Buying and selling goods overseas

You’re eyeing up some growth opportunities. This is likely to include buying goods from a supplier outside the UK and then delivering them directly to an overseas customer. What would be the VAT position?


Place of supply of goods

The basic rule for considering the place of supply of goods is that they are supplied where they are physically located when they are sold or allocated to the customer. In the simplest scenario goods that are located in the UK at the time they are supplied to a customer are treated as supplied in the UK and subject to UK VAT. If the goods are exported from the UK they can be zero-rated but the supplier has to fulfil certain criteria in terms of export evidence.

Goods that never come to the UK

It’s quite common for a business to buy goods from an overseas supplier and have them delivered directly to a customer that is also overseas.

Example. Acom is based in the UK and buys goods from Bcom based in China andhas them delivered directly to its customer, Ccom in the USA. This scenario can cause some confusion for Acom; is VAT chargeable, is the sale recorded on the VAT returnand what evidence will HMRC need to see?

In this example you have to look at the basic place of supply rules – are the goodslocated in the UK when they are sold to the customer in the USA and have they ever come to the UK? The answer is “no”, they are located in China; therefore, the place of supply is China and outside the scope of UK VAT. The sale is not subject to UK VAT but the net sales figure is reported in Box 6 of Acom’s VAT return and the purchase in Box 7.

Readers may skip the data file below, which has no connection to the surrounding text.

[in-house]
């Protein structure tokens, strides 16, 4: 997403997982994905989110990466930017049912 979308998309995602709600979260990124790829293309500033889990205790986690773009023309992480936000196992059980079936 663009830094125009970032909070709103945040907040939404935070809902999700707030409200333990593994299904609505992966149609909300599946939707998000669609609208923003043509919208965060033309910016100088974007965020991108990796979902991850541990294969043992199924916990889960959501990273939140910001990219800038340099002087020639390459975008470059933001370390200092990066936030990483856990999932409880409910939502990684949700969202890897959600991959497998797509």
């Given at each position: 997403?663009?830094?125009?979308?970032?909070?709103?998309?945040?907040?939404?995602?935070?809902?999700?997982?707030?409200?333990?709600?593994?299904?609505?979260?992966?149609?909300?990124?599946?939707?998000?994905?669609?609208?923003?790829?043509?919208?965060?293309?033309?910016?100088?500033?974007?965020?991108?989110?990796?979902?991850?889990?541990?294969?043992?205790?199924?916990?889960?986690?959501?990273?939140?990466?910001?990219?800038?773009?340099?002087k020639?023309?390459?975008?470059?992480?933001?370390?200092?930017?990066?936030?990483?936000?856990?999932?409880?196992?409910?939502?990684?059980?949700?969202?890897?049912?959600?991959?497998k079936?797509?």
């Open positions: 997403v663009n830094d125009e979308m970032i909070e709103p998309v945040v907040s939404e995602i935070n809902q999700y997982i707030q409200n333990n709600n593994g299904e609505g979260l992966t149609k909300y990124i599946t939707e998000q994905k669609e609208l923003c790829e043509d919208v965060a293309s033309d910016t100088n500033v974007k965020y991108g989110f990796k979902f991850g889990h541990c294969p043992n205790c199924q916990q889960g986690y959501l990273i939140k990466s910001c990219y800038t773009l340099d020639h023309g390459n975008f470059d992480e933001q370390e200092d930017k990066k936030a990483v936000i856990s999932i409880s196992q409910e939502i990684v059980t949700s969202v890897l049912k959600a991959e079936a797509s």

Unlike an export from the UK there will be no formal export evidence to confirm zero-rating and this could be questioned by a VAT inspector during a visit. It’s therefore advisable to keep all available commercial documentary evidence showing that thegoods were purchased overseas and delivered directly to an overseas customer. The same rules would apply when goods are sold to a customer on the high seas during transit providing they don’t actually come to the UK.

Supplier and customer in the EU

Where Acom, in the UK, buys goods from a supplier in Germany (Bcom) and they are delivered directly to the customer (Ccom) in France, different rules apply – known as triangulation. The basic rule would be that the goods were supplied in Germany andAcom would be required to register for VAT in Germany. However, there’s a simplification that removes this requirement.

Simplify. Providing all the businesses are VAT registered in their own member state, Ccom will account for acquisition tax in France removing the requirement for Acom to register for VAT in Germany. To take advantage of the simplification Acom quotes its VAT number to Bcom allowing the supply to be zero-rated. Acom will invoice Ccom as a zero-rated supply quoting Ccom’s VAT number. Ccom will account for acquisition tax in France. Acom will be required to complete an EC sales list and record the sale on its VAT return.

Tip. Some member states require businesses to notify their tax authorities if they take advantage of the simplification so it’s worthwhile checking with the customer to see if there any further reporting requirements


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